That’s not quite the case with Freedom Force, though. Forget the trivial urban qualms of the normal folk here; this game puts you in charge of a team of superheroes, each equipped with the dynamic, entrancing powers needed to save the world from the powers of evil. However, with such great power comes great responsibility, and with such great responsibility come the consequences lacking in the comparatively idyllic world of The Sims. Make a mistake there and you’ll have to deal with an annoying, yet rectifiable, setback, but mess up in Patriot City, the setting of most of Freedom Force’s skirmishes, and the world will crumble. Not only that, but your pride as a seasoned pro gamer will be crippled, forcing you to humbly lick your wounds as your poor strategy is punished for the umpteenth consecutive time.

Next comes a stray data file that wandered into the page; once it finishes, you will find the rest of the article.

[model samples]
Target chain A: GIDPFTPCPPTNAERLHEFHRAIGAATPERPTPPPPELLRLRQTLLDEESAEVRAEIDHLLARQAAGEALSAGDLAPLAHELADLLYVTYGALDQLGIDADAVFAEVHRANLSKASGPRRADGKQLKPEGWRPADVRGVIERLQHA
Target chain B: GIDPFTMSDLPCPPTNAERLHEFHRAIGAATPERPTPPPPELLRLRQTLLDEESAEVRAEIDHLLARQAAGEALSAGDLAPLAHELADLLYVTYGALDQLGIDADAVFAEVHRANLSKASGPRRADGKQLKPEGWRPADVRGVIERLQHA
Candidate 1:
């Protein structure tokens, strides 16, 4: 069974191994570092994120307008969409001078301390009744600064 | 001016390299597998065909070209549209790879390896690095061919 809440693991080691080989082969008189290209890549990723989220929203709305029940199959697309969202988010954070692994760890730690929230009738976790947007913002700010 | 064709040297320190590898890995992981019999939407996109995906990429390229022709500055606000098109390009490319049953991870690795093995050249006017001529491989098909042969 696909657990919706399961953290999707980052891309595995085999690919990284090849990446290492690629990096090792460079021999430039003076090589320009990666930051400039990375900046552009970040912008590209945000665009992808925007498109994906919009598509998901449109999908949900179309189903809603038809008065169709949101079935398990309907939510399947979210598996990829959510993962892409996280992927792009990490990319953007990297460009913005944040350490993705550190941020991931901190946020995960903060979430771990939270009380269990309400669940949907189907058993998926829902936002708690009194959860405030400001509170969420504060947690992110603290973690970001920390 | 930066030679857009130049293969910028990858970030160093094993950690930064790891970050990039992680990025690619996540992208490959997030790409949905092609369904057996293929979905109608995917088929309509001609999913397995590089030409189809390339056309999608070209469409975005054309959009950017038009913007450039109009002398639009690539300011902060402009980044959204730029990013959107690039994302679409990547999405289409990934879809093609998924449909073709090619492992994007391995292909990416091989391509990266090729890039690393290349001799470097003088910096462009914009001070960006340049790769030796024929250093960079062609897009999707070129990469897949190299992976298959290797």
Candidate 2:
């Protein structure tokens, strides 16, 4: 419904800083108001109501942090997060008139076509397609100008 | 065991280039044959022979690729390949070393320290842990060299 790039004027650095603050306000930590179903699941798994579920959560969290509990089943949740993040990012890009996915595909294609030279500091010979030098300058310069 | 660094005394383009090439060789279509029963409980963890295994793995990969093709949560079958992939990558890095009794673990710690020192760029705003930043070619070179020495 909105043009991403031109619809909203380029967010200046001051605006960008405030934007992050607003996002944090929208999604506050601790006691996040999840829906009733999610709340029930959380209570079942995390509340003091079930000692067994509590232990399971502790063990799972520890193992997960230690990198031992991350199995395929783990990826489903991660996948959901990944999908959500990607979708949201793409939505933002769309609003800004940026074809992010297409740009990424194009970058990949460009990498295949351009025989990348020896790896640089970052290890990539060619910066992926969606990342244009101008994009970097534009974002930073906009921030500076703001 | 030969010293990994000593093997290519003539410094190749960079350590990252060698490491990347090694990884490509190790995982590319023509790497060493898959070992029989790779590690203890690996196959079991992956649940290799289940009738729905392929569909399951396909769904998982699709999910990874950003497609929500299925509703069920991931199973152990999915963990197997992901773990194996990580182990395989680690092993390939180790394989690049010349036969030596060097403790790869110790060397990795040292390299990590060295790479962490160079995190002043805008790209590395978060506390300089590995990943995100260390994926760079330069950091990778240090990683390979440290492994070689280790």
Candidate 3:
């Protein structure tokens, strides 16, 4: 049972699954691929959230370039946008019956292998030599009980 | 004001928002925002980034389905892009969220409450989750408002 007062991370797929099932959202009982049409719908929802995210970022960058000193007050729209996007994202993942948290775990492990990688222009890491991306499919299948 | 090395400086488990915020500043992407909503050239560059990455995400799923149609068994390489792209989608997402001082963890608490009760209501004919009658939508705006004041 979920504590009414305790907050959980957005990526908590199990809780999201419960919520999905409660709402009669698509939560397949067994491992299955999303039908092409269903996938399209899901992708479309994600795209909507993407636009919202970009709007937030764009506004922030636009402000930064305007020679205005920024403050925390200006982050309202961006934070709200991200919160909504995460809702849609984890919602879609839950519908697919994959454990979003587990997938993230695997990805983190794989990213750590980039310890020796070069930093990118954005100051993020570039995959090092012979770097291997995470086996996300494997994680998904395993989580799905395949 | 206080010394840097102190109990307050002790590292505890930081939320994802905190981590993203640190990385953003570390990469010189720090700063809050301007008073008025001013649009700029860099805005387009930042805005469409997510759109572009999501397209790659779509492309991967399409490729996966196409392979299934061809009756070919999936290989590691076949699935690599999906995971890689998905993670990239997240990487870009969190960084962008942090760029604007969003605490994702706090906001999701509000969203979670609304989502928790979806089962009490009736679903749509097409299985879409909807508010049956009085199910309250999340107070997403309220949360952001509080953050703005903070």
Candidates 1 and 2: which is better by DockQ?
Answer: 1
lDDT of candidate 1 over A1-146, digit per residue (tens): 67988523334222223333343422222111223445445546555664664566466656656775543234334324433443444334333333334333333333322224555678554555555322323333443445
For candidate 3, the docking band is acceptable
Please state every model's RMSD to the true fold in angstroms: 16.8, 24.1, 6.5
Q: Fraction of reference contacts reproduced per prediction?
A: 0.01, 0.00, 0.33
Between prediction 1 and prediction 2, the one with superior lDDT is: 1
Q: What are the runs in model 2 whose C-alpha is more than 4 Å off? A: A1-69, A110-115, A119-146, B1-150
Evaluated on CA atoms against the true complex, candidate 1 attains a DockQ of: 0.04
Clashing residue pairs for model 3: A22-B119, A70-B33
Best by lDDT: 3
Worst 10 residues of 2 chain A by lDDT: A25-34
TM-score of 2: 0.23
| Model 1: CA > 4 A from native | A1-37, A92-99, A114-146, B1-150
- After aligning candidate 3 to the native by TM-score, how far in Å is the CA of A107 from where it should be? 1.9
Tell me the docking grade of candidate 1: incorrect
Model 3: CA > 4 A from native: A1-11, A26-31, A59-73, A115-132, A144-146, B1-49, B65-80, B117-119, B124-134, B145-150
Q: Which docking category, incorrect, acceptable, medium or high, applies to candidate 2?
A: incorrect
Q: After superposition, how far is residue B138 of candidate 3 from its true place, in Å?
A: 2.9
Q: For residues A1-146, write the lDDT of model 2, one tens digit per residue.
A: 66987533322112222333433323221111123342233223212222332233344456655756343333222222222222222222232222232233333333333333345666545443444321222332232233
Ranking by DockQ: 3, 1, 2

I think we’ve established that Freedom Force isn’t exactly the most forgiving of games, then. As the traditional commander/overlord/power-crazy sod, it’s your job to command a rag-tag squad of superheroes, each simultaneously blessed and cursed with the powers granted to them as a result of their exposure to a curious power source known simply as Energy X, through the rigmarole of the urban chaos forged by a wealth of similarly corny misfits hell-bent on ushering in a new dawn of tyranny and oppression. Although most of the game is set in the typical metropolitan hotspot of Patriot City, Freedom Force occasionally takes you on brief tours of your adversaries’ secret hideouts, which, in typical comic book fashion, convey every ounce of subtlety possible for colossal, sprawling fortresses armed with laser turrets and presumably bedecked in the words, “This is not a secret lair”, spelt out in a bold luminous font. Regardless of the setting, however, the goals tend to remain relatively uniform, often adopting the well-trodden formula of “take out henchmen; locate main boss; bludgeon main boss to death with blunt objects; protect civilians if you’re feeling a tad sentimental”.